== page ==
Browse by author
Lookup NU author(s): Dr R Neely
Full text for this publication is not currently held within this repository. Alternative links are provided below where available.
Familial hypercholesterolemia (FH) is a common single gene disorder, which predisposes to coronary artery disease. In a previous study, we have shown that in patients with definite FH around 20% had no identifiable gene defect after screening the entire exon coding area of the low density lipoprotein receptor (LDLR) and testing for the common Apolipoprotein B (ApoB) R3500Q mutation. In this study, we have extended the screen to additional families and have included the non-coding intron splice regions of the gene. In families with definite FH (tendon xanthoma present, n = 68) the improved genetic screening protocol increased the detection rate of mutations to 87%. This high detection rate greatly enhances the potential value of this test as part of a clinical screening program for FH. In contrast, the use of a limited screen in patients with possible FH (n = 130) resulted in a detection rate of 26%, but this is still of significant benefit in diagnosis of this genetic condition. We have also shown that 14% of LDLR defects are due to splice site mutations and that the most frequent splice mutation in our series (c. 1845 + 11 c > g) is expressed at the RNA level. In addition, DNA samples from the patients in whom no LDLR or ApoB gene mutations were found, were sequenced for the NARC-1 gene. No mutations were identified which suggests that the role of NARC-1 in causing FH is minor. In a small proportion of families (<10%) the genetic cause of the high cholesterol remains unknown, and other genes are still to be identified that could cause the clinical phenotype FH. (c) 2005 Elsevier Ireland Ltd. All rights reserved.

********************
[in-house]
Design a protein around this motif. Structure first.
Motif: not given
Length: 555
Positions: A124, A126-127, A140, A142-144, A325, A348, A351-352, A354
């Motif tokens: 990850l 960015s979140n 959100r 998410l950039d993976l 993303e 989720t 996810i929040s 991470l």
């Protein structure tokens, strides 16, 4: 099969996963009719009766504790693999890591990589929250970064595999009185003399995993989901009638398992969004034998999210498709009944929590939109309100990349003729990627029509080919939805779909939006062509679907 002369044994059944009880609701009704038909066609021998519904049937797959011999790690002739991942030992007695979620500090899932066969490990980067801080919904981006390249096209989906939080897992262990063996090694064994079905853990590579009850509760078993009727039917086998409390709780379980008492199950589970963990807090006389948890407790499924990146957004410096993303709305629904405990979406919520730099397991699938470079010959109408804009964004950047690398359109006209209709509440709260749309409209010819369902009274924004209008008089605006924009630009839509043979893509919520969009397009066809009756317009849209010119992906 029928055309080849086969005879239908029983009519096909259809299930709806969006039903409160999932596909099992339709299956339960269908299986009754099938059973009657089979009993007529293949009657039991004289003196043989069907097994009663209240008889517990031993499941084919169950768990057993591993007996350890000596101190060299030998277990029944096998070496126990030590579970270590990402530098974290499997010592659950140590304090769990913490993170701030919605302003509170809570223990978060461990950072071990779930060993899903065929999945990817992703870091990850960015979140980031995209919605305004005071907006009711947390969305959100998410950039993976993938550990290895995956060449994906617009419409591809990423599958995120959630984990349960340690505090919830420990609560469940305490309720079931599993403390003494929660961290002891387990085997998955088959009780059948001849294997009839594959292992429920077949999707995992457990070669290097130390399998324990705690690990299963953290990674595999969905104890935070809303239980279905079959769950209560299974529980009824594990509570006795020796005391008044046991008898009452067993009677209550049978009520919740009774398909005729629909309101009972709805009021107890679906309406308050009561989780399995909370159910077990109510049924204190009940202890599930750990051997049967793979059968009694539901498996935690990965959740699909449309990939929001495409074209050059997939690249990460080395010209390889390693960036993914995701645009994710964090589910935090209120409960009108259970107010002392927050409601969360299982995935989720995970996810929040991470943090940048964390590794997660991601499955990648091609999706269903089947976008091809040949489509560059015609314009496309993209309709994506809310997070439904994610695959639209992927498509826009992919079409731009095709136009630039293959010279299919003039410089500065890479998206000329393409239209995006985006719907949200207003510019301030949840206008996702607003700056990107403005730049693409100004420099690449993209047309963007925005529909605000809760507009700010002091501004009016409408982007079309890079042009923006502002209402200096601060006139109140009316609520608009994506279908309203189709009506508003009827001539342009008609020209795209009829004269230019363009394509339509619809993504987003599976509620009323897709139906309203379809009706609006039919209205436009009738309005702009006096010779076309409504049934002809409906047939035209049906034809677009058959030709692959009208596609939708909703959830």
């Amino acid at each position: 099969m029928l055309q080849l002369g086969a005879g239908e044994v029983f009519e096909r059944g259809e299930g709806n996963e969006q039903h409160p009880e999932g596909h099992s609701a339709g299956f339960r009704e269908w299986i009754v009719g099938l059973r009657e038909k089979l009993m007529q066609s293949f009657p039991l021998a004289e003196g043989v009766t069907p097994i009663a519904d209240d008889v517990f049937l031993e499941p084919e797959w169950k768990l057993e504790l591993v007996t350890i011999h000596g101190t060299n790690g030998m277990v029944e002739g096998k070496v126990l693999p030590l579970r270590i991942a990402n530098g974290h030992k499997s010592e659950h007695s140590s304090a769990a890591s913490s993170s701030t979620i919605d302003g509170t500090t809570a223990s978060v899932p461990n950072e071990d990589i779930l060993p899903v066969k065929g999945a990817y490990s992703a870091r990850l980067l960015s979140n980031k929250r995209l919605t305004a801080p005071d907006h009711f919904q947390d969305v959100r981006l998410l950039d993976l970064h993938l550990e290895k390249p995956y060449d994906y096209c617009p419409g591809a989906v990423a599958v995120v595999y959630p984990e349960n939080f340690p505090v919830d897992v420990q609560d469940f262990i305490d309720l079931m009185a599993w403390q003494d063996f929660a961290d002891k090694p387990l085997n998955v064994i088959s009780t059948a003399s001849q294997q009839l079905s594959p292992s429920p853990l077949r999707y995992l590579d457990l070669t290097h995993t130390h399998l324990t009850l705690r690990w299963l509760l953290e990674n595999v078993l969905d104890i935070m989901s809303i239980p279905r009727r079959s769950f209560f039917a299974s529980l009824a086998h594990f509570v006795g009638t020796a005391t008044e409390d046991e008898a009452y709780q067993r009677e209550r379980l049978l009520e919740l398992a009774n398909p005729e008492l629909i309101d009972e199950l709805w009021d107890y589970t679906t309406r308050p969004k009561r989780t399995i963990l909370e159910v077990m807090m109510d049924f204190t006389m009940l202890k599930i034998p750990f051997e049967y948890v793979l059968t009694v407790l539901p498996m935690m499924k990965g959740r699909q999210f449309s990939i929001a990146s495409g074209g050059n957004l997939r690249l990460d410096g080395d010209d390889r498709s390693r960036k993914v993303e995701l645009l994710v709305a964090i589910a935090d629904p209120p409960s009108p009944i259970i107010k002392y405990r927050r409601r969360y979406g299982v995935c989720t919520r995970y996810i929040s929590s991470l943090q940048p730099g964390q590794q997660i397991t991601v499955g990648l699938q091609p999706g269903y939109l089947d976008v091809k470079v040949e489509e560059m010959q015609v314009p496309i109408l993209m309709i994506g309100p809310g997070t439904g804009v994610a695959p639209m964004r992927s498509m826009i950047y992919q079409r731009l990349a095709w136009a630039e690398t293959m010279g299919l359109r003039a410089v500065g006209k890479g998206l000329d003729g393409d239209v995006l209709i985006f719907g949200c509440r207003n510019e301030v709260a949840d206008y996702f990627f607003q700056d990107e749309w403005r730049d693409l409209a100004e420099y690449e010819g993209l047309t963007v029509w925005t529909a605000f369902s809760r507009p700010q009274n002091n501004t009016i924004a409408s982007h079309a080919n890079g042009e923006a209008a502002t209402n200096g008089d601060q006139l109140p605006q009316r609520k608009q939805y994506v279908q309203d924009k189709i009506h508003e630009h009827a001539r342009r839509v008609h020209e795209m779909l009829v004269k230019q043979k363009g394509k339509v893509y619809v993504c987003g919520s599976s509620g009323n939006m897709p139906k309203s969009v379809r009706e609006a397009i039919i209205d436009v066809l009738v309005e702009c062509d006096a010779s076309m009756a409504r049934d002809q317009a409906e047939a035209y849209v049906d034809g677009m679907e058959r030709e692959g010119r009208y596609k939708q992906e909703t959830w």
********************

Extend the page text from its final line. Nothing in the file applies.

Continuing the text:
Author(s): Graham CA, McIlhatton BP, Kirk CW, Beattie ED, Lyttle K, Hart P, Neely RDG, Young IS, Nicholls DP
Publication type: Article
Publication status: Published
ISSN (print): 0021-9150
ISSN (electronic): 1879-1484
Publisher: Elsevier Ireland Ltd
Altmetrics provided by Altmetric